Chuny was trimming the traveller – his eyes fixed on the distance to go to the equator watching as they ticked down to 000. As he called out the numbers, the sky was changing every minute with pinks and reds dancing off the brilliant white thunderheads on the horizon. The water was purple and moving along at a brisk pace – we were speeding along at 14 knots, well ahead of our routing.

    You could practically see the line in the water as we crossed the halfway point between the north and south poles for the third time this race. Everyone was quiet on deck… that is except for Alex who was busy dousing himself with buckets of water on the transom.

    It had been his first time crossing the equator (a fact he’d neglected to tell us before the start of the leg – a fact that made King Neptune all the more furious) and following the earlier ceremony he was sporting a brand new, expertly crafted aerodynamic haircut. All smiles, he laughed, “It was a lot of fun, and everyone had a good laugh including me. You can’t take yourself too seriously! No bad days.”

    After another turn of the sun, this morning we’re taking advantage of the good breeze and sailing the fastest angle south. The doldrums still haven’t settled on what they’ll look like in a few days – we’re on borrowed time.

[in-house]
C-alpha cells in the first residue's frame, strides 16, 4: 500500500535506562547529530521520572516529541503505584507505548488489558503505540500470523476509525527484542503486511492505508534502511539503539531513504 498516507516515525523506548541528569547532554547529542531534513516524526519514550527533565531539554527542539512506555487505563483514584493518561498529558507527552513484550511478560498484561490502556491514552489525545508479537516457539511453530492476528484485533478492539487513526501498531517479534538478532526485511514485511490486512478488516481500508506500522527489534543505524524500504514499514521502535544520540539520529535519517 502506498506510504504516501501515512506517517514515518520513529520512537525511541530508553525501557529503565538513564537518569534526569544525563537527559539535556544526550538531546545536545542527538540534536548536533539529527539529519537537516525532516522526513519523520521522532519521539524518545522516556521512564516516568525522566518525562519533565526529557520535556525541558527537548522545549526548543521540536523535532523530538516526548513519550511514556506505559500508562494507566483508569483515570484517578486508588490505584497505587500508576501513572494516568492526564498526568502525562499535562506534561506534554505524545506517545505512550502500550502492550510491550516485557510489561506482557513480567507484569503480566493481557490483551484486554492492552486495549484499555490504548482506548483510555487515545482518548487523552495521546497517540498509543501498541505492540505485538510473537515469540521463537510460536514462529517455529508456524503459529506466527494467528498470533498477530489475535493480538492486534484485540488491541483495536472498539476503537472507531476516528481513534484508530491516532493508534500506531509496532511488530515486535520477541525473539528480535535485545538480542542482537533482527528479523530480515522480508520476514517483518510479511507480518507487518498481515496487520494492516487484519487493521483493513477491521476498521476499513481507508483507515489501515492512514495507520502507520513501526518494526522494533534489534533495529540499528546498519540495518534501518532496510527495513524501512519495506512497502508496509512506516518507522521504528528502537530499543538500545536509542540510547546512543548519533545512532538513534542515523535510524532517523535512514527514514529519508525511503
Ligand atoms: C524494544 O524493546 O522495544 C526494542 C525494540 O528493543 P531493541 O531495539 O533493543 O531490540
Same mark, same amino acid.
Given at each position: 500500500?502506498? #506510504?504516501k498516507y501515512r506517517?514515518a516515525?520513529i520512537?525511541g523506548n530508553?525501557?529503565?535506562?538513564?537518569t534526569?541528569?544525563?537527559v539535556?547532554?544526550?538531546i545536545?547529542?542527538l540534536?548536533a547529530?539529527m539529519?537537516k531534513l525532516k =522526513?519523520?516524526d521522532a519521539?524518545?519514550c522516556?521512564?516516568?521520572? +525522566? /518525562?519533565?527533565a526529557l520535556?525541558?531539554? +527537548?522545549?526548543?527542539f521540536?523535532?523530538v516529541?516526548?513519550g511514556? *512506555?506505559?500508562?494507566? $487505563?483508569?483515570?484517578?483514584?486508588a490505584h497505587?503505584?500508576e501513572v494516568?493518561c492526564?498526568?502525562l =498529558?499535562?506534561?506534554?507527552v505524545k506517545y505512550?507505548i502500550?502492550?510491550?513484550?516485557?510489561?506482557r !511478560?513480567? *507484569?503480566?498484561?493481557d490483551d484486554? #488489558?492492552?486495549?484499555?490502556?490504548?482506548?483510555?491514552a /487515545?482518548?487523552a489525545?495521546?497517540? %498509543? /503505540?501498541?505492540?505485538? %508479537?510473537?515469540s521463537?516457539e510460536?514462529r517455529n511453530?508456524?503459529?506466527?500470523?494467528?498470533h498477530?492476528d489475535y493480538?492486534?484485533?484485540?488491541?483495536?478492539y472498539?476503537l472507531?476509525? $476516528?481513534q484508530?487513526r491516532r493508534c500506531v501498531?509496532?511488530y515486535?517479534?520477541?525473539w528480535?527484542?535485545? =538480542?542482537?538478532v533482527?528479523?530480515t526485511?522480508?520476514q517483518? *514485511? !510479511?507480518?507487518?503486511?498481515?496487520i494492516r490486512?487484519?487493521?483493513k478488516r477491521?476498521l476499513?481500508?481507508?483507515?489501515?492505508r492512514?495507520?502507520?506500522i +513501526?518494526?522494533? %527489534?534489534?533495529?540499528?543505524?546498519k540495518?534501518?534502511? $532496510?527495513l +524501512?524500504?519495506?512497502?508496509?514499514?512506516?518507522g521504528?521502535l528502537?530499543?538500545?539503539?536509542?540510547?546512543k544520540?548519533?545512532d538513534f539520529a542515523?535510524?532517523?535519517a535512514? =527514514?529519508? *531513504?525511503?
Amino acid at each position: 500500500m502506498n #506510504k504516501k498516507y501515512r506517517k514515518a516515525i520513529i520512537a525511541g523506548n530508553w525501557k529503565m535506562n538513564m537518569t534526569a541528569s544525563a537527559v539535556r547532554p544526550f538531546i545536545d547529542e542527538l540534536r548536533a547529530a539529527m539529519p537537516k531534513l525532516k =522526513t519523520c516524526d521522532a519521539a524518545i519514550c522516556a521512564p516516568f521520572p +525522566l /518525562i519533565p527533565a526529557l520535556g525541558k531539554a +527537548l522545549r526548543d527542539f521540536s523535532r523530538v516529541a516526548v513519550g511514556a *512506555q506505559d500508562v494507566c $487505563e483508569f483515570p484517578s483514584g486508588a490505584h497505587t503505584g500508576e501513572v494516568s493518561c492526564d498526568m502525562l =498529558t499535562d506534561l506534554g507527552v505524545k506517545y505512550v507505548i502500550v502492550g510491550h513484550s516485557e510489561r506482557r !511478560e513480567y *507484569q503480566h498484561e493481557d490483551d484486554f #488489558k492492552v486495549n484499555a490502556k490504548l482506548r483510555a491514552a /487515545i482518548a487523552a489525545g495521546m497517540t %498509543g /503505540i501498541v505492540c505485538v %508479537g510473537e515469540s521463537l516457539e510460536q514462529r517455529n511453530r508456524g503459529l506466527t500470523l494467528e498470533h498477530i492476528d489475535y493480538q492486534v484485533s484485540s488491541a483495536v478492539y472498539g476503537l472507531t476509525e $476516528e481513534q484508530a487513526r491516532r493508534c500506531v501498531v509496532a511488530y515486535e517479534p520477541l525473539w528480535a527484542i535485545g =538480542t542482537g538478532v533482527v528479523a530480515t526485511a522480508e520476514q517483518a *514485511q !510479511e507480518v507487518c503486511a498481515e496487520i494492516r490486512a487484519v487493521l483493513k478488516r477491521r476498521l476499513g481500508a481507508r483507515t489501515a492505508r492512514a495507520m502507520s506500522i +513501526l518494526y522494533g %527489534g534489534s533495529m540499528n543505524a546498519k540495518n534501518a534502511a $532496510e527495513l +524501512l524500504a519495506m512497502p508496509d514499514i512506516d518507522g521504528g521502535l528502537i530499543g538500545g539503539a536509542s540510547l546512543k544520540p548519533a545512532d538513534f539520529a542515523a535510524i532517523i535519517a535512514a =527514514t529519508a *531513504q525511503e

In the flat, blue waters of the South Pacific, Ian is in good spirits. Poking his head on deck, he smiled, “Any morning you can wake up doing 17 knots and wear shorts on deck is a good morning.”

    Looking towards the predicted drag race south in 3 days time however, he readied us for what lies ahead. “I wouldn’t be surprised if it ends up with us and Dongfeng match racing the rest of the way to New Zealand.”

    February 21, 2015
    Matt Knighton
    OBR, Abu Dhabi Ocean Racing
    " I just found out my nest egg has salmonella"



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  8. #248
    OBR's need to mind where they put their fingers?

  9. #249
    Sam must have pissed off someone in a bad way.

    The Volvos look big close up but must feel very small when the shit hits the fan.

  10. #250
    I don't think it was the fan... It was the galley sink.


    EEEEEEWWWWWWWWWWW!